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The 15.1 percent of individuals and 11.7 percent of families living in poverty in 2010 according to newly released Census data are the Americans most likely to be harmed by calls in Congress to address the large numbers of people who allegedly are “paying no taxes.” Aside from recipients of Social Security benefits (which are largely untaxed), all but the poorest Americans do pay federal income taxes or federal payroll taxes or both.

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President Barack Obama’s recent proposal to extend the 2 percent payroll tax holiday, which is currently in effect through 2011, is neither the most effective policy, nor the least effective policy, for boosting the economy. The estimates provided here compare the effectiveness of the payroll tax holiday and other policy options.

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Photo via WSDOT Creative Commons Attribution License 2.0

A new report from Citizens for Tax Justice examines the Medicare tax reform included in the health care plan recently put forward by President Obama. The report concludes that this reform would affect only 2.3 percent of taxpayers in 2014. The richest one percent would pay about 84 percent of the resulting tax increase, and the richest five percent would pay virtually all of the tax increase.

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Senate Democrats have proposed a new, very-high-rate excise tax on employer-paid health
insurance benefits that exceed certain levels. The goal is to force employers to eliminate
excessive benefits. Congressional analysts assume that employers then will replace their
employees’ lost health insurance benefits with increased taxable cash wages. Proponents of the
plan argue that this trade-off would be a progressive reform to the tax code, but this analysis concludes otherwise.

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(State-by-State Figures in Appendix)

H.R. 3962, the health care reform bill approved by the U.S. House of Representatives on November 7, includes a 5.4 percent surcharge on adjusted gross income (AGI) above $1 million for married couples and $500,000 for singles. Our calculations confirm statements from the House Ways and Means Committee that this would affect only the richest 0.3 percent of taxpayers in 2011, the first year the surcharge would take effect.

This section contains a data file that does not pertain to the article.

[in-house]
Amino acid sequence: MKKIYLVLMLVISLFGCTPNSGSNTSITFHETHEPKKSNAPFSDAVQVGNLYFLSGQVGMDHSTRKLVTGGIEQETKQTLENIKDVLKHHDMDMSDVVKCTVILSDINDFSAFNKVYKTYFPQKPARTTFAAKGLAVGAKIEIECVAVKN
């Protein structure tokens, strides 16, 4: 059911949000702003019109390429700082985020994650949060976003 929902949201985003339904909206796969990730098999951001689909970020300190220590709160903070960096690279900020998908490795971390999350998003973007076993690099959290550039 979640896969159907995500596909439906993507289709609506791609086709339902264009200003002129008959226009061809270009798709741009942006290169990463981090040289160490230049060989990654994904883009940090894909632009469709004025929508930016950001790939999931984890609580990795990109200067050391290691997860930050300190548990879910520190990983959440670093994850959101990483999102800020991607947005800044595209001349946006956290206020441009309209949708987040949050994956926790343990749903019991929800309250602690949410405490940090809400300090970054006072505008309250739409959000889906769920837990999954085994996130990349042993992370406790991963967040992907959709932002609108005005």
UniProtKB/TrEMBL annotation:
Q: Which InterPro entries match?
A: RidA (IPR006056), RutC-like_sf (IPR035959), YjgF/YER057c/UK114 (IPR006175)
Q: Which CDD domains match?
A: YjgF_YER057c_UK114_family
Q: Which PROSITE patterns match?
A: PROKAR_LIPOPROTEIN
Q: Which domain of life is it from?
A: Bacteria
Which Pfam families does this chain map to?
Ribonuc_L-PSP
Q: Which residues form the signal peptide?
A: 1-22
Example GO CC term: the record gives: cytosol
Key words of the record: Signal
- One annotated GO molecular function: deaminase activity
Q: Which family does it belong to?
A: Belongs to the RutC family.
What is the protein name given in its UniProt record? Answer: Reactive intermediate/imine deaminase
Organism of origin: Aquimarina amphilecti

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Efforts by Congressional leaders to extend unemployment insurance (UI) benefits are entirely reasonable. It is unfortunate, however, that the price of providing this necessary help will be tax breaks to corporations and to the housing industry. The expansion and extension of both the homebuyer credit and the "net operating loss carryback" are ill-advised.

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(State-by-State Figures in Appendix)

This report compares the revenue impact and distributional effects of six progressive revenue measures that have been discussed by members of Congress in recent months as options for financing health care reform. All of the six revenue measures examined here would make our tax system fairer, which is badly needed after the regressive tax cuts enacted over the past several years.

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(State-by-State Figures in Appendix)

The Senate Finance Committee is scheduled to begin work this week on an overhaul to the American health care system. Many lawmakers and health experts have expressed concern that the proposal put forward by the committee’s chairman, Senator Max Baucus of Montana, does not provide enough resources to make health care affordable for working families. One option being discussed in the Senate is to reform the Medicare tax to raise the revenue needed to improve the affordability provisions.

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Newly revised estimates from Citizens for Tax Justice show that the Bush tax cuts cost almost $2.5 trillion over the decade after they were first enacted (2001-2010). Preliminary estimates from the non-partisan Congressional Budget Office show that the House Democrats’ health care reform legislation is projected to cost $1 trillion over the decade after it would be enacted (2010-2019). And yet, many of the lawmakers who argue that the health care reform legislation is “too costly” are the same lawmakers who supported the Bush tax cuts.

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Very few small business owners would pay the surcharge included in the House health care reform legislation. Even for those few business owners rich enough to pay the surcharge, the incentives to create jobs would not change.

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